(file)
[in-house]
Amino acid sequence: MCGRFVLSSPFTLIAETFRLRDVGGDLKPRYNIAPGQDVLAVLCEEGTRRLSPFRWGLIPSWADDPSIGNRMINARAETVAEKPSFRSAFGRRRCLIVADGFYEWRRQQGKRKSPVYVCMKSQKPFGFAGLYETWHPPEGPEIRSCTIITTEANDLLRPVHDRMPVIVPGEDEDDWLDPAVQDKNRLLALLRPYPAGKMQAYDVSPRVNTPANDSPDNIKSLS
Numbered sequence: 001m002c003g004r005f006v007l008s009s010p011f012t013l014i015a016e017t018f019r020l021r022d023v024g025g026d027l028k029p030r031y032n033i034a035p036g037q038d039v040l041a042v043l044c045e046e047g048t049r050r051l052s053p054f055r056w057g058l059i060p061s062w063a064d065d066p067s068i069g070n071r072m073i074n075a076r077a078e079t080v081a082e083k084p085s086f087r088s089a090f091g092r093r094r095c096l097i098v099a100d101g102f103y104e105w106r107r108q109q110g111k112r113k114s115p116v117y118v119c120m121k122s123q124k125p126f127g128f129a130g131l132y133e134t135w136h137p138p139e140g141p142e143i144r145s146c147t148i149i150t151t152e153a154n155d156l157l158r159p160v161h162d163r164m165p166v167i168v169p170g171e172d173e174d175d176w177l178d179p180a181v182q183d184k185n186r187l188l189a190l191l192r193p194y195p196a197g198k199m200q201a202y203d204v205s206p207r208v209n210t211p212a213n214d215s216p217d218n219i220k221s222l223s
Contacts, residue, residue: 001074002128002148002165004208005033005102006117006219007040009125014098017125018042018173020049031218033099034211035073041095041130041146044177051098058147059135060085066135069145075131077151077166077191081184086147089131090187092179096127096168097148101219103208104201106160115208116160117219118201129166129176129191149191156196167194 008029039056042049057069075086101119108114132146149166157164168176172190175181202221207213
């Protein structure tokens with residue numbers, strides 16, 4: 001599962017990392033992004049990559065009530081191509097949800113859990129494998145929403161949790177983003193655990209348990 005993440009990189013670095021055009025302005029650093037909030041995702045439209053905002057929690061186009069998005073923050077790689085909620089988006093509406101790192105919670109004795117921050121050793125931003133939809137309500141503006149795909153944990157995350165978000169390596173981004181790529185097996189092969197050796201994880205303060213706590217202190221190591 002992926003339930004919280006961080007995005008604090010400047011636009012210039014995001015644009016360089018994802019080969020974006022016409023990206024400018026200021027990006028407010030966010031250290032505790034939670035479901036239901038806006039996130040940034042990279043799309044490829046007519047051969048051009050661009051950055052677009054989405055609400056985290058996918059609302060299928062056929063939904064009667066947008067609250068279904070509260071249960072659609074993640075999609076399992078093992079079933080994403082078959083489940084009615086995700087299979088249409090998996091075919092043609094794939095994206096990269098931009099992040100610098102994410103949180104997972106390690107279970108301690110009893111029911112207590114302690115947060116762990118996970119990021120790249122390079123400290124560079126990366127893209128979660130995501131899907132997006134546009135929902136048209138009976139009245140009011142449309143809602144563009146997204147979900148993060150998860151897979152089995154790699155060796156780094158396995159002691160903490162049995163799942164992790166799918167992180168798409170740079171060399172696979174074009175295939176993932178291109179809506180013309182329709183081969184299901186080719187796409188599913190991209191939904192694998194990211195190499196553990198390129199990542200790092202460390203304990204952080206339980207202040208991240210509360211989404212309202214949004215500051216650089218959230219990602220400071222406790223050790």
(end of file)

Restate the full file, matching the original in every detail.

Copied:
[in-house]
Amino acid sequence: MCGRFVLSSPFTLIAETFRLRDVGGDLKPRYNIAPGQDVLAVLCEEGTRRLSPFRWGLIPSWADDPSIGNRMINARAETVAEKPSFRSAFGRRRCLIVADGFYEWRRQQGKRKSPVYVCMKSQKPFGFAGLYETWHPPEGPEIRSCTIITTEANDLLRPVHDRMPVIVPGEDEDDWLDPAVQDKNRLLALLRPYPAGKMQAYDVSPRVNTPANDSPDNIKSLS
Numbered sequence: 001m002c003g004r005f006v007l008s009s010p011f012t013l014i015a016e017t018f019r020l021r022d023v024g025g026d027l028k029p030r031y032n033i034a035p036g037q038d039v040l041a042v043l044c045e046e047g048t049r050r051l052s053p054f055r056w057g058l059i060p061s062w063a064d065d066p067s068i069g070n071r072m073i074n075a076r077a078e079t080v081a082e083k084p085s086f087r088s089a090f091g092r093r094r095c096l097i098v099a100d101g102f103y104e105w106r107r108q109q110g111k112r113k114s115p116v117y118v119c120m121k122s123q124k125p126f127g128f129a130g131l132y133e134t135w136h137p138p139e140g141p142e143i144r145s146c147t148i149i150t151t152e153a154n155d156l157l158r159p160v161h162d163r164m165p166v167i168v169p170g171e172d173e174d175d176w177l178d179p180a181v182q183d184k185n186r187l188l189a190l191l192r193p194y195p196a197g198k199m200q201a202y203d204v205s206p207r208v209n210t211p212a213n214d215s216p217d218n219i220k221s222l223s
Contacts, residue, residue: 001074002128002148002165004208005033005102006117006219007040009125014098017125018042018173020049031218033099034211035073041095041130041146044177051098058147059135060085066135069145075131077151077166077191081184086147089131090187092179096127096168097148101219103208104201106160115208116160117219118201129166129176129191149191156196167194 008029039056042049057069075086101119108114132146149166157164168176172190175181202221207213
């Protein structure tokens with residue numbers, strides 16, 4: 001599962017990392033992004049990559065009530081191509097949800113859990129494998145929403161949790177983003193655990209348990 005993440009990189013670095021055009025302005029650093037909030041995702045439209053905002057929690061186009069998005073923050077790689085909620089988006093509406101790192105919670109004795117921050121050793125931003133939809137309500141503006149795909153944990157995350165978000169390596173981004181790529185097996189092969197050796201994880205303060213706590217202190221190591 002992926003339930004919280006961080007995005008604090010400047011636009012210039014995001015644009016360089018994802019080969020974006022016409023990206024400018026200021027990006028407010030966010031250290032505790034939670035479901036239901038806006039996130040940034042990279043799309044490829046007519047051969048051009050661009051950055052677009054989405055609400056985290058996918059609302060299928062056929063939904064009667066947008067609250068279904070509260071249960072659609074993640075999609076399992078093992079079933080994403082078959083489940084009615086995700087299979088249409090998996091075919092043609094794939095994206096990269098931009099992040100610098102994410103949180104997972106390690107279970108301690110009893111029911112207590114302690115947060116762990118996970119990021120790249122390079123400290124560079126990366127893209128979660130995501131899907132997006134546009135929902136048209138009976139009245140009011142449309143809602144563009146997204147979900148993060150998860151897979152089995154790699155060796156780094158396995159002691160903490162049995163799942164992790166799918167992180168798409170740079171060399172696979174074009175295939176993932178291109179809506180013309182329709183081969184299901186080719187796409188599913190991209191939904192694998194990211195190499196553990198390129199990542200790092202460390203304990204952080206339980207202040208991240210509360211989404212309202214949004215500051216650089218959230219990602220400071222406790223050790």